Why it is sometimes necessary to re-seat a board or chip
dkelvey at hotmail.com
Wed Dec 31 09:01:10 CST 2008
> From: cclist at sydex.com
> On 30 Dec 2008 at 22:41, dwight elvey wrote:
>> To my knowledge, it is pure gold. It is difficult to plate
> Not really that hard, depending on the alloy. For instance, I can
> plate brass in my own shop--it's not difficult; just an acid bath
> process. (Tin-lead) Solder has been electroplated onto PCBs for
> Some people have pointed to their college chemistry texts and told me
> definitively that it was impossible to electrodeposit an alloy. I
> don't know where that one got started.
> I'll agree that cooking up a plating bath can be a black art. Stuff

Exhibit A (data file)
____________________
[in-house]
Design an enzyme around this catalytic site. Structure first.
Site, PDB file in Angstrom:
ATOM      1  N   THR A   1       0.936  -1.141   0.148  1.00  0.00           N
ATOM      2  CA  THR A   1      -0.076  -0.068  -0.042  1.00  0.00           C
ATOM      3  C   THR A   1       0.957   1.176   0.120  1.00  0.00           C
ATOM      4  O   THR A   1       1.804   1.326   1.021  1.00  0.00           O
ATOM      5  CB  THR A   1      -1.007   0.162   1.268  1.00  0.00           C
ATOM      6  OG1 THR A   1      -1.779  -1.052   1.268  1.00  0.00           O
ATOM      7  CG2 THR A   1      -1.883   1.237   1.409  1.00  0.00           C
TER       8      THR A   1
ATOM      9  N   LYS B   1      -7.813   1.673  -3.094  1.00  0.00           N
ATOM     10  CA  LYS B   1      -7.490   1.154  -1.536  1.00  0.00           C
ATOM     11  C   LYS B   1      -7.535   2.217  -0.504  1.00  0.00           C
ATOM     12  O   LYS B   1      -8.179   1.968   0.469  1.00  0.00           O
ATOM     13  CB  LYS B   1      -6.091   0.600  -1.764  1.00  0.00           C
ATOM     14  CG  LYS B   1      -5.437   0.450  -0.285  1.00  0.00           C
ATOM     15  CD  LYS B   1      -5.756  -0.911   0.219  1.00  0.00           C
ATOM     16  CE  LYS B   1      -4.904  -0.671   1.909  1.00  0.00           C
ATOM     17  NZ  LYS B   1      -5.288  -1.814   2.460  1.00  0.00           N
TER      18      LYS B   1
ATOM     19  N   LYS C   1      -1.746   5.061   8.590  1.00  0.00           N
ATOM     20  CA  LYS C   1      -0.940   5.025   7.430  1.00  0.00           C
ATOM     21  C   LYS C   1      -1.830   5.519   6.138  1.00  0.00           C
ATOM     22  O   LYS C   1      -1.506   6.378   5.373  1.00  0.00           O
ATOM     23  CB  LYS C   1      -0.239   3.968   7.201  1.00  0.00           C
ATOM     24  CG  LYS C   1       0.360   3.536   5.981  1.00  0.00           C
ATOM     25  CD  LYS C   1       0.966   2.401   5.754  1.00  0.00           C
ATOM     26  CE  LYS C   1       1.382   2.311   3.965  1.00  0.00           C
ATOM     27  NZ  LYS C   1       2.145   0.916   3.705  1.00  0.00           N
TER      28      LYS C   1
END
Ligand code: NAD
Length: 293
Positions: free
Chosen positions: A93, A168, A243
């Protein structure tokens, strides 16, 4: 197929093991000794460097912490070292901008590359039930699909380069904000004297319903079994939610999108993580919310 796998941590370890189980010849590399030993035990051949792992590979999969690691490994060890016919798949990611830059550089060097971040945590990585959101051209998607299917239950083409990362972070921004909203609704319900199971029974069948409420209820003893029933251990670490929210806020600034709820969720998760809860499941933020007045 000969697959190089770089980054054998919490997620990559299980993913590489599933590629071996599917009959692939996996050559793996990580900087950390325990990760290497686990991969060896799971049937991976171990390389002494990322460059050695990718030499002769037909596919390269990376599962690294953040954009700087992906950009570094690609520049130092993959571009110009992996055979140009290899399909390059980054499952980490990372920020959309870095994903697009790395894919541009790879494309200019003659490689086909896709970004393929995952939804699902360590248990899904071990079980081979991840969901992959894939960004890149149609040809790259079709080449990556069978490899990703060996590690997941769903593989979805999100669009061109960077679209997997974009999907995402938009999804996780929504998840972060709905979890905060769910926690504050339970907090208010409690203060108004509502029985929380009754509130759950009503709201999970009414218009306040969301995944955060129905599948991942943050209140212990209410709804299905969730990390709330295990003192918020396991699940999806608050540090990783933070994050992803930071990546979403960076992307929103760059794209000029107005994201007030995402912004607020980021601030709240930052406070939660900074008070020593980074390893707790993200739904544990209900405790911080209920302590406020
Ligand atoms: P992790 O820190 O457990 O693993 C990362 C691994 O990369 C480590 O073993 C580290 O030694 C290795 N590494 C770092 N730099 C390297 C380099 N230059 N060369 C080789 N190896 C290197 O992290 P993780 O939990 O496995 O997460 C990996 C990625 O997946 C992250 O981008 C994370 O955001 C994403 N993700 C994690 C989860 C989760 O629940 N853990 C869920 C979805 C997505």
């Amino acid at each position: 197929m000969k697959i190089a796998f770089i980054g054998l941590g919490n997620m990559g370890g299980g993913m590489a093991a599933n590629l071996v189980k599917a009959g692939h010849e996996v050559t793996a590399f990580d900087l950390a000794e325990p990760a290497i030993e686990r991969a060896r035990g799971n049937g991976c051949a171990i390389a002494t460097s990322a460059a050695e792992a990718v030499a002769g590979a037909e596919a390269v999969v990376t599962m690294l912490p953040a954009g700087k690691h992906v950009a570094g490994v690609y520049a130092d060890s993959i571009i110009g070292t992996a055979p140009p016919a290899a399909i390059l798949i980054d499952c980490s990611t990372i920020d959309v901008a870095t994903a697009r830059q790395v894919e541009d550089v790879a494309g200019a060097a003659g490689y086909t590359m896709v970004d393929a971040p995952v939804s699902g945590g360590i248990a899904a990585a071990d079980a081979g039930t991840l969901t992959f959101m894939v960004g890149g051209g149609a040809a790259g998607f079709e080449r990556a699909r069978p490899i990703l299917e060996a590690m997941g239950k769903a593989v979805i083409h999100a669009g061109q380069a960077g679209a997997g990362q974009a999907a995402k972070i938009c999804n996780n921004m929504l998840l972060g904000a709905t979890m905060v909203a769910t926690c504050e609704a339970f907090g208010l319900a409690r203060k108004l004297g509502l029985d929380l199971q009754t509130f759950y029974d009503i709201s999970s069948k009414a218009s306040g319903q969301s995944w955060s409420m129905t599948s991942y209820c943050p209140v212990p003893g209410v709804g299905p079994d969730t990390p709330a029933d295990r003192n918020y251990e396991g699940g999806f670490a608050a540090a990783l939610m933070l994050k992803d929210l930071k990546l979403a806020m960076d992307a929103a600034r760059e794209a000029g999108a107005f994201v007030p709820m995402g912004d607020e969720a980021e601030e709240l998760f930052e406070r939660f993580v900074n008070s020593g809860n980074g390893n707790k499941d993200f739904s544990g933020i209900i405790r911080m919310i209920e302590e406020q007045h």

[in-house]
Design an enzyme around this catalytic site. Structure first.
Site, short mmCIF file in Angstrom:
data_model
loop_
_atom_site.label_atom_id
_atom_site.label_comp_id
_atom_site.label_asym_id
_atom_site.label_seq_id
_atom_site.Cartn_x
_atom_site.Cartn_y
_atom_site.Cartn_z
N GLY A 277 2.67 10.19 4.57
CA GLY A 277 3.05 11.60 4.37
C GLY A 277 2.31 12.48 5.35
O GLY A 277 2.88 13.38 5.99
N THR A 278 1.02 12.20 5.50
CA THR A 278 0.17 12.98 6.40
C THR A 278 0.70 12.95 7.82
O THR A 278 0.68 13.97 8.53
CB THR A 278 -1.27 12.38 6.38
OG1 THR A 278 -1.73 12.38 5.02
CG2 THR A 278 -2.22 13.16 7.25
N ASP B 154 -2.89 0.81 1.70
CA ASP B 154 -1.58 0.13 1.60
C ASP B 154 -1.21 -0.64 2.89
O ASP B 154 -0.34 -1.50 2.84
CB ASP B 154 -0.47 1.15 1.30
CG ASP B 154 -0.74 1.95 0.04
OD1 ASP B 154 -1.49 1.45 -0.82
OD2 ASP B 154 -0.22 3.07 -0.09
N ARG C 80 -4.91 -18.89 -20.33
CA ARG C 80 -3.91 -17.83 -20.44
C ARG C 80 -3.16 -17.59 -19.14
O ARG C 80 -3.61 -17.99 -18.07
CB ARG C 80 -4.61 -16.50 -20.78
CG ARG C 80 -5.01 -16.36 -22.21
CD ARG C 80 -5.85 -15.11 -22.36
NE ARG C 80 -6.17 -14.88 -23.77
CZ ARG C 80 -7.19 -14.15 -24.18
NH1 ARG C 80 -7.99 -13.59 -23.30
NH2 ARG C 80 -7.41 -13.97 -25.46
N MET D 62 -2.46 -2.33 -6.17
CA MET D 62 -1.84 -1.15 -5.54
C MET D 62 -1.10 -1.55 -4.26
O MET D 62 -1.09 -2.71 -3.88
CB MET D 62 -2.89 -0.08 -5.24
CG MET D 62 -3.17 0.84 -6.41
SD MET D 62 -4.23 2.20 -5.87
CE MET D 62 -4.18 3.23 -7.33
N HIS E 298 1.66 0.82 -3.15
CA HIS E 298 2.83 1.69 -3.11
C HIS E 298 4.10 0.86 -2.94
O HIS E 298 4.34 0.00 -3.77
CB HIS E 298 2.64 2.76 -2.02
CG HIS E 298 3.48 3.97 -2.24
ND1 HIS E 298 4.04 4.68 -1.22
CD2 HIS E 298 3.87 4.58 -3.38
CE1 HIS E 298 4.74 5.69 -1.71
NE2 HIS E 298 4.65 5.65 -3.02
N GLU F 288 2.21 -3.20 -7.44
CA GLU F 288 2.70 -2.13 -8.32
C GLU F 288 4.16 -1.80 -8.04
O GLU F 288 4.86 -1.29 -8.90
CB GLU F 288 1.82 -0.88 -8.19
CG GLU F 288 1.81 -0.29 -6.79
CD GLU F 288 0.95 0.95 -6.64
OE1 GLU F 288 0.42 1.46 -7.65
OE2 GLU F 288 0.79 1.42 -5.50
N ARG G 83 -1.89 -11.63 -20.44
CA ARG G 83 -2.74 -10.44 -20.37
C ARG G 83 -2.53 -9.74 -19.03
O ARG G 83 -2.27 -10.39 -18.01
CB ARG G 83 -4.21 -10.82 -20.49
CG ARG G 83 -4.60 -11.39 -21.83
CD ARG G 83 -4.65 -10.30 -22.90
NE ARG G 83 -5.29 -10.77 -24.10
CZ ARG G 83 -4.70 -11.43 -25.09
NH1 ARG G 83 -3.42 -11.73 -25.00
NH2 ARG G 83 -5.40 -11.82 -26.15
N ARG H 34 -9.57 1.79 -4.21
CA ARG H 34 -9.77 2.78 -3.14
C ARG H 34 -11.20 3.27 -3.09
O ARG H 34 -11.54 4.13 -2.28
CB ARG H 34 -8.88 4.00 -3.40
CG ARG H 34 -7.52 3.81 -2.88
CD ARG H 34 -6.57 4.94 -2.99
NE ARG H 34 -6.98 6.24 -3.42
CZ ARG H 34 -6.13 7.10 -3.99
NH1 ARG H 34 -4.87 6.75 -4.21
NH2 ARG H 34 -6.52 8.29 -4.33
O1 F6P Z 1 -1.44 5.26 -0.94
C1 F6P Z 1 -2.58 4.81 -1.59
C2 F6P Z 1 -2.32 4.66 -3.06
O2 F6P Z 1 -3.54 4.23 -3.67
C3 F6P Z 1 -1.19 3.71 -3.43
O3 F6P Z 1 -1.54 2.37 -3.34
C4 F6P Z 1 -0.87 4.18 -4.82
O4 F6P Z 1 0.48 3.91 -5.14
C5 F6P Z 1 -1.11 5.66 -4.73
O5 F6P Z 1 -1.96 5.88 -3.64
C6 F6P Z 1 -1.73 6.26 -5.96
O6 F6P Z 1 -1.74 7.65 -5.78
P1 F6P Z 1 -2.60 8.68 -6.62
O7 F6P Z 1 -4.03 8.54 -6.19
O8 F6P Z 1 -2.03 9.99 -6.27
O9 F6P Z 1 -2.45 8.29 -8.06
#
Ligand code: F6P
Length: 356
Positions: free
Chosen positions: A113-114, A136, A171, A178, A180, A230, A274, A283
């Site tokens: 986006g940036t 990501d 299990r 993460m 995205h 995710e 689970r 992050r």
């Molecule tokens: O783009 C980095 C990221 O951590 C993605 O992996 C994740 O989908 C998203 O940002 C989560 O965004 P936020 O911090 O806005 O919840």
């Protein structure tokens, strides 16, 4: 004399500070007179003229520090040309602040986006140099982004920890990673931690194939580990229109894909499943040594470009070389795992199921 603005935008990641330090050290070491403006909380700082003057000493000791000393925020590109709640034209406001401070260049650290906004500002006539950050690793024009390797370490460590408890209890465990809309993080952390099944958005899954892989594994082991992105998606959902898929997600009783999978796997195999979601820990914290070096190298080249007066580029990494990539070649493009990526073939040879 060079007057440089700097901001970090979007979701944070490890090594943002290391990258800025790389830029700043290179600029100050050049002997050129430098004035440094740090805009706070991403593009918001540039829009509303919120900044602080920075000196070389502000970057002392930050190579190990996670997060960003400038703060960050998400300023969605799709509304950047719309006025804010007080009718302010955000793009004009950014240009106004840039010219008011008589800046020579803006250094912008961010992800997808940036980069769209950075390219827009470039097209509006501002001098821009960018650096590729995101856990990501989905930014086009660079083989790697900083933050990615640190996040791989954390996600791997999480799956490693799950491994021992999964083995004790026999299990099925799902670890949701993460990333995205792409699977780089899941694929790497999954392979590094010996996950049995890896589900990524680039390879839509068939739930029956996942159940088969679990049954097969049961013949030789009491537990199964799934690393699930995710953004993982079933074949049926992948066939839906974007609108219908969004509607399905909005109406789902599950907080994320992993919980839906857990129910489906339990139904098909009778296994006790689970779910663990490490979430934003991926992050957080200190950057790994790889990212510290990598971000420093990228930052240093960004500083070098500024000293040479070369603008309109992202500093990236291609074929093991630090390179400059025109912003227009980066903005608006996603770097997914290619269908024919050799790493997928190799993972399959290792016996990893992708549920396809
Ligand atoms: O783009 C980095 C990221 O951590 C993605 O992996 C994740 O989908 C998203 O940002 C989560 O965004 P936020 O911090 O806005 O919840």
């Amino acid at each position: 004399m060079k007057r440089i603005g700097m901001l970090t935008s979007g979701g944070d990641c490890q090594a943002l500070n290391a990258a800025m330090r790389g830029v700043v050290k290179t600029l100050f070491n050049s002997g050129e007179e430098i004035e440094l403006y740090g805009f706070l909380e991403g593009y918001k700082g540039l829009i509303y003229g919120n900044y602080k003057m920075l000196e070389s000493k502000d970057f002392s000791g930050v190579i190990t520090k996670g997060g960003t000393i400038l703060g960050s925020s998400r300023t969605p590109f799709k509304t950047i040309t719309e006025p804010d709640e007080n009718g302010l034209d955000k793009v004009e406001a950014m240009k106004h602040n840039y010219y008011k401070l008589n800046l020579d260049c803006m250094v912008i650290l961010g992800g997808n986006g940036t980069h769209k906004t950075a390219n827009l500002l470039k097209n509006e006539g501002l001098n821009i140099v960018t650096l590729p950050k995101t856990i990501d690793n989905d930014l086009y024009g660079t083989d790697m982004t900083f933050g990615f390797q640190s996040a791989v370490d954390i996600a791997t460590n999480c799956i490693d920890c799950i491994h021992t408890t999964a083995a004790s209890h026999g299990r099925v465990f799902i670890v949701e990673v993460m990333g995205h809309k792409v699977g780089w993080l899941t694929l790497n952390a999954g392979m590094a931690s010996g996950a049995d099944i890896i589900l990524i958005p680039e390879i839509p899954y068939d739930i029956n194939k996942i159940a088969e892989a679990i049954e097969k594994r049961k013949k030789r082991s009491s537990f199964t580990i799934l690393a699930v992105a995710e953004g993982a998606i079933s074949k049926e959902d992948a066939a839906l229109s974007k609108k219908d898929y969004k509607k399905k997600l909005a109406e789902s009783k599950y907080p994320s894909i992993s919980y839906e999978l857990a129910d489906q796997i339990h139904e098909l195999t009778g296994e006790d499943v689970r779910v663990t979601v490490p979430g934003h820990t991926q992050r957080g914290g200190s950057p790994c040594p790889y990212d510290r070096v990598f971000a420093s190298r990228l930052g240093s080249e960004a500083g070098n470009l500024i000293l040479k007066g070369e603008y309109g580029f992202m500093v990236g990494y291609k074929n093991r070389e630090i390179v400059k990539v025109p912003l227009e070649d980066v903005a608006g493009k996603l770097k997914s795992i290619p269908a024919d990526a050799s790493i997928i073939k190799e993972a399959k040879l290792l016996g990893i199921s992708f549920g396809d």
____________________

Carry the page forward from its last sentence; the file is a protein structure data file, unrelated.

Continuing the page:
> you'd never think would affect the outcome such as sugar sometimes
> winds up in them and I know a retired fellow who ran a plating shop
> who swore that he got better results than anyone else because he
> urinated in his tanks.
> From: http://www.pfonline.com/articles/pfd0022.html
> Hard, Bright Gold
> Platers who gold plate contacts and connectors generally use bright
> acid gold formulations. These baths contain complexed cobalt or
> nickel in small quantities, to improve hardness and brightness of the
> deposit. Such gold electroplates will be 99.7 to 99.9 pct pure, and
> hardness can be 120 to 300 Knoop. The small amount of nickel or
> cobalt will interfere with die bonding, so these baths cannot be used
> for semiconductor plating. Hard, bright gold baths, if operated with
> good housekeeping and chemical control, have very long life-often
> three years and more.
I only meant that is wasn't 18K gold and not that is was impossible.
speed is important, as mentioned in the article you point to.
It is harden some but it is still quite close to 24K.
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